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Tax Plan Could Trigger Economic Collapse

Tax Plan Could Trigger Economic Collapse
May 11
10:17 2017

(Lombardi) – The honeymoon between Donald Trump and Wall Street seems to continue. But how long can it last? Wall Street was just shy of its March 21 115-point record after President Trump unveiled his tax plan. But, merely 24 hours later, cooler heads prevailed as analysts realized that U.S. economic collapse has become a serious possibility.

The Trump tax plan is big on tax cuts, but it’s rather short on ideas for how to pay for it. Yes, as Trump boasted, it might be the largest tax cut and the largest tax reform in the country’s history. Yet, it might also be the first salvo of an upcoming economic collapse. This is no exaggeration.

The tax plan has ignored an innocent-looking four-letter word: debt. U.S. public debt could bring down the whole house of cards that is the U.S. economy. The new president would like to imitate—or better yet, beat—President Ronald Reagan. Yes, Trump has no doubt won the “biggest and baddest” tax reform, announcing the biggest tax cut in recent U.S. history.

As to whether it will work, or even pass Congress, that’s another matter altogether.

In the Reagan era, it did not work. At least, it did not work as advertised. There must be a textbook somewhere in every American public library that says lowering taxes is the key to all economic problems. Is there a U.S. economic crisis? Lower taxes; that should do the trick! The best that a major tax cut can produce, however, is that investment and growth resume, but only if everyone agrees to pay the price.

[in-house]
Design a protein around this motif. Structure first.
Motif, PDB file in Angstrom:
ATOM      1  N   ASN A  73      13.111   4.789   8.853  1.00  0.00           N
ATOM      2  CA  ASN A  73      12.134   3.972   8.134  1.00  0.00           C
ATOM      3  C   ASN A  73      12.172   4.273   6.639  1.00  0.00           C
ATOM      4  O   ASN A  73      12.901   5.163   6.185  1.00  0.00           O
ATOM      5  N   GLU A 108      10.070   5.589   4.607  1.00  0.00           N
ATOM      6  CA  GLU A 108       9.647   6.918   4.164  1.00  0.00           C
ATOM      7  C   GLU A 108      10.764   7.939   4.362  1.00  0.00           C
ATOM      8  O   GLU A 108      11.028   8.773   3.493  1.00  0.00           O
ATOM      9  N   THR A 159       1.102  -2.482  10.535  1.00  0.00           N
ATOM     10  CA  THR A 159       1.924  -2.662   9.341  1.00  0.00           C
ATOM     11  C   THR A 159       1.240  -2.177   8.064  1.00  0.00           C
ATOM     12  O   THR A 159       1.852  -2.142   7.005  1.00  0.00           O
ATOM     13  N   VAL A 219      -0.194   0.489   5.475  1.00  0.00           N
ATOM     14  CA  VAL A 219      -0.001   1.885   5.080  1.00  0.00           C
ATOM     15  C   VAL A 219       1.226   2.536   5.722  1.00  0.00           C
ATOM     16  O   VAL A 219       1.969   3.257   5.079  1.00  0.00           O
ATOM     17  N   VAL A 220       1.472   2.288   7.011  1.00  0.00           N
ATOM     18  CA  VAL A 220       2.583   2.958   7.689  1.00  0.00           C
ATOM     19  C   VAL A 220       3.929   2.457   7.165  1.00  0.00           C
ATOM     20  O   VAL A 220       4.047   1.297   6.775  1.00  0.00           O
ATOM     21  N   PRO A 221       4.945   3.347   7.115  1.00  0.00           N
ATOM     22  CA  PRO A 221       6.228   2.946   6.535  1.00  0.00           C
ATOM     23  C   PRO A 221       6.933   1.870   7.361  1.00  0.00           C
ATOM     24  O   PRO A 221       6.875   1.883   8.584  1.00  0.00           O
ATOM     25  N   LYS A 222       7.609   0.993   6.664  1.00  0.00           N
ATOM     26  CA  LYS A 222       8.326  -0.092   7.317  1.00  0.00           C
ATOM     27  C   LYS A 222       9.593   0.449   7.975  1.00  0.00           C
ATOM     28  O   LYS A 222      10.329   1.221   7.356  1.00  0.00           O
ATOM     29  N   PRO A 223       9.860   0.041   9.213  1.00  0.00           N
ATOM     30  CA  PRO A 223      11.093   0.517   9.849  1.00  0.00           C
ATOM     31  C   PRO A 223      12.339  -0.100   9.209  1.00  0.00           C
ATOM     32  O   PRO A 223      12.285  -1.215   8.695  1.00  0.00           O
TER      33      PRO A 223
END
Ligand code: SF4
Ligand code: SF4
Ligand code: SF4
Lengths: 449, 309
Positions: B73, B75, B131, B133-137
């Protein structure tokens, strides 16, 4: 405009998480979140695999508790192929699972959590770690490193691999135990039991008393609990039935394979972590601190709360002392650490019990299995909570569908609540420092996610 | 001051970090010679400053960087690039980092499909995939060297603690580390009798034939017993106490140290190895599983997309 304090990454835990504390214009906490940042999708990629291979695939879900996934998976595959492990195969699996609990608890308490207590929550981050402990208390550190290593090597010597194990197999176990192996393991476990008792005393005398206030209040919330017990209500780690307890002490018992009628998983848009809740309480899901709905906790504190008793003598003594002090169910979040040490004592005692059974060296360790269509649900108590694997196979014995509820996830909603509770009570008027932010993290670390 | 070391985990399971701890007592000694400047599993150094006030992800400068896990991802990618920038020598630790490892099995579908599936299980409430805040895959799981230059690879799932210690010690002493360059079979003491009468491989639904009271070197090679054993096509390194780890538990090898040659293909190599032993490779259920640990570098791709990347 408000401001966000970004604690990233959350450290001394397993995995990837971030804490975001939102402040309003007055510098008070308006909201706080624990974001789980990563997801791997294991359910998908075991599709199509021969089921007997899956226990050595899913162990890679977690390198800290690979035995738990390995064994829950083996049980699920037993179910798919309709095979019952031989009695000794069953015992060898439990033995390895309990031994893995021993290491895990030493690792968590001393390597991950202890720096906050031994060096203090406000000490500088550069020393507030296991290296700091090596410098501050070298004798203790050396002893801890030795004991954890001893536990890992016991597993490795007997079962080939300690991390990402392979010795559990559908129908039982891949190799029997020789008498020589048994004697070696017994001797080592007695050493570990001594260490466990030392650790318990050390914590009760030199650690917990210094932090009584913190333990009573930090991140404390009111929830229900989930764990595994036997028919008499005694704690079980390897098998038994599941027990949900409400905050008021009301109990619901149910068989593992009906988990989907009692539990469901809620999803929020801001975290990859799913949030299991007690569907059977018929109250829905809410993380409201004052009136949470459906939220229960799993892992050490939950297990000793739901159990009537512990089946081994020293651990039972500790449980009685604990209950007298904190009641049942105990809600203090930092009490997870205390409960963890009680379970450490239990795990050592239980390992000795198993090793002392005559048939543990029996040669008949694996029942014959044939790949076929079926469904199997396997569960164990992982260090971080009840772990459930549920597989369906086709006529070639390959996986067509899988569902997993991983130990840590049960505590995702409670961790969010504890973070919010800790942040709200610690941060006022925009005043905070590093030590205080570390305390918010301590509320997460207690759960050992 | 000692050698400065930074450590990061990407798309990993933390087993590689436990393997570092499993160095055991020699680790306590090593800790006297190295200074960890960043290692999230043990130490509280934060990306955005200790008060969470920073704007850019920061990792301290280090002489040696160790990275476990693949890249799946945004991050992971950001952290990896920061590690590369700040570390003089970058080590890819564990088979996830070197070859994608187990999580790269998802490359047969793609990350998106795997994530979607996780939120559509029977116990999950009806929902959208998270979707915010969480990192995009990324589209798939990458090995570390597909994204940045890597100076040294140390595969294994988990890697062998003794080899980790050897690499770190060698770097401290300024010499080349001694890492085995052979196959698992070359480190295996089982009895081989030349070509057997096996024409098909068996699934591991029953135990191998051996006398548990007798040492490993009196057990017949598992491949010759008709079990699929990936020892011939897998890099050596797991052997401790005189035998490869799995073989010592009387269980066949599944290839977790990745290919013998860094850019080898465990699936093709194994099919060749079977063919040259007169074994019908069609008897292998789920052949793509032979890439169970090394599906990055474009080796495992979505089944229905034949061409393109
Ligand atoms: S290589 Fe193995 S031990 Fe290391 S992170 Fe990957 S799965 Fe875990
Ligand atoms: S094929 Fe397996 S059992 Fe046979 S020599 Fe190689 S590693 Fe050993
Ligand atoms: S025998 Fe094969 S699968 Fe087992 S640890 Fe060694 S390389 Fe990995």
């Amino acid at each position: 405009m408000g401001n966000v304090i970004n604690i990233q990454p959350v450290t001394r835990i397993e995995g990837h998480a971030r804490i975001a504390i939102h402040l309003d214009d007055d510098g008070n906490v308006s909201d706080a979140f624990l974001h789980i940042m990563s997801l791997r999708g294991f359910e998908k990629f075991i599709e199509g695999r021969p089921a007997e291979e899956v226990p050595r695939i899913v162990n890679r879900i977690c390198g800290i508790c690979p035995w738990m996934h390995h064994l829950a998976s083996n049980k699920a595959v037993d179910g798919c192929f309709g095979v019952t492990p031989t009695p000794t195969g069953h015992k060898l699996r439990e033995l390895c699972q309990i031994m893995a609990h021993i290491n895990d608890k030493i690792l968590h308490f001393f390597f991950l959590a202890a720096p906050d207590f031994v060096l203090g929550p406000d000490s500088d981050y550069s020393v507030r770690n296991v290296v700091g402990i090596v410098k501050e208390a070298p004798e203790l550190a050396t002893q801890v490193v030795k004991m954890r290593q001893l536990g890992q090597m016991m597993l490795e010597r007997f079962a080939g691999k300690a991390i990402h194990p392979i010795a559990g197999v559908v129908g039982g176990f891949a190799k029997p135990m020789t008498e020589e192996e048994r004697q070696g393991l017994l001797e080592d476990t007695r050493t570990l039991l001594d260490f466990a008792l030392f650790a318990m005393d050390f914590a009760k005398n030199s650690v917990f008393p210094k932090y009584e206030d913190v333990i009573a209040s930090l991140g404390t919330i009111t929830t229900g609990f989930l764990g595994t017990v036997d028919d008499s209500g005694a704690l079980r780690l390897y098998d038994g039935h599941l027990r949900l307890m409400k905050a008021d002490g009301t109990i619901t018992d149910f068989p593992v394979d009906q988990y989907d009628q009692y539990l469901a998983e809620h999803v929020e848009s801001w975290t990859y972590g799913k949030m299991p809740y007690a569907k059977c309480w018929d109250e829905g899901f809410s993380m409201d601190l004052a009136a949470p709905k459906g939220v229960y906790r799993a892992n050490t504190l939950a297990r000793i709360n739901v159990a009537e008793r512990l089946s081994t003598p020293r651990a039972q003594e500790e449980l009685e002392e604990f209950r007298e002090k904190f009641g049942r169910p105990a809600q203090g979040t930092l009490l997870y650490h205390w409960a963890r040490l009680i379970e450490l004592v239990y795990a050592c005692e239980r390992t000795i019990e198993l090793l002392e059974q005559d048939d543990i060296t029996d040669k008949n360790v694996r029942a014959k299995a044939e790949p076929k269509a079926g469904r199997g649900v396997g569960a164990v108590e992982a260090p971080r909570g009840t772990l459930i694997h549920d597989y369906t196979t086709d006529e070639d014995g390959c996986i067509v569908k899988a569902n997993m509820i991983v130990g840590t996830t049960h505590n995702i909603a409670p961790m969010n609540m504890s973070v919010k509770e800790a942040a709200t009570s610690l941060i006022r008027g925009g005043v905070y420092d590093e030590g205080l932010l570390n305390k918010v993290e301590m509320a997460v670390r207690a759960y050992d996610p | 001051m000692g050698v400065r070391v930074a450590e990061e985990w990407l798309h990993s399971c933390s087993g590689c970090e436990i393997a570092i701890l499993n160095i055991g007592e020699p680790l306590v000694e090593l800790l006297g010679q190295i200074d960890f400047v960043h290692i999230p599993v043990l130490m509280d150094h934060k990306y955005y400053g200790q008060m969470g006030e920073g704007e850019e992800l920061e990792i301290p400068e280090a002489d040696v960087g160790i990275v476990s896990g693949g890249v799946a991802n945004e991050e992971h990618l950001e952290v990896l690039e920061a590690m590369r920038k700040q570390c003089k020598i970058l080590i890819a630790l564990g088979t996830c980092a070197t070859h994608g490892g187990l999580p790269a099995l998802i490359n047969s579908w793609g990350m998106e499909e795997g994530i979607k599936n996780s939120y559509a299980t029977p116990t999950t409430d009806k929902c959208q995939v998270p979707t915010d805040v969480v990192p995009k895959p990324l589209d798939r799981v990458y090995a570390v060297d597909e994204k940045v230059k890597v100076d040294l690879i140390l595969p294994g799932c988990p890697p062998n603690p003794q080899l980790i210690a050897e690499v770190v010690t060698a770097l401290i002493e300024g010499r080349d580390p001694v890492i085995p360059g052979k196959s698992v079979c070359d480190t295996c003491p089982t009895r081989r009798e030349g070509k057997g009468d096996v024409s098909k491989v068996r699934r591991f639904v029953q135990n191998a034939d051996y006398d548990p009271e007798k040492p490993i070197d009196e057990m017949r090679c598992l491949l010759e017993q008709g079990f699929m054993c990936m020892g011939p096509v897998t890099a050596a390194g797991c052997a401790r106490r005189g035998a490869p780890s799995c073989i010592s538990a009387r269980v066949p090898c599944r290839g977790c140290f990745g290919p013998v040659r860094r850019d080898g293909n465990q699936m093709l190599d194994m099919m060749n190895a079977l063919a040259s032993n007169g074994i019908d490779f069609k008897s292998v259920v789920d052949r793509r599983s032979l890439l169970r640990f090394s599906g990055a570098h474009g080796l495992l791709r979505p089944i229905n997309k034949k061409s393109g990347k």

Surging Debt-to-GDP Ratio

That price to be paid is a surging debt-to-GDP ratio and social inequalities increasing. In the 1980s, social inequalities were rising after two of the most “equal” decades in history: the 1960s and 1970s. The wage gap between the highest and lowest earners is a mirage, compared to what it is today. Now, the increasing inequality would come in the wake of an economic recession deeper than the one caused by the Crash of 1929.

President Trump has been busy giving himself high marks for his first 100 days in office. Perhaps, according to the benchmarks he set for himself, he may have earned them. But, as far as the rest of America goes, economic collapse predictions are rising.

The recent statistics suggest that Trump’s four-percent growth U.S. GDP forecast for 2017 needs a downward revision. In fact, the signs point to a potential U.S. economic collapse, possibly even a U.S. economic crisis in 2017.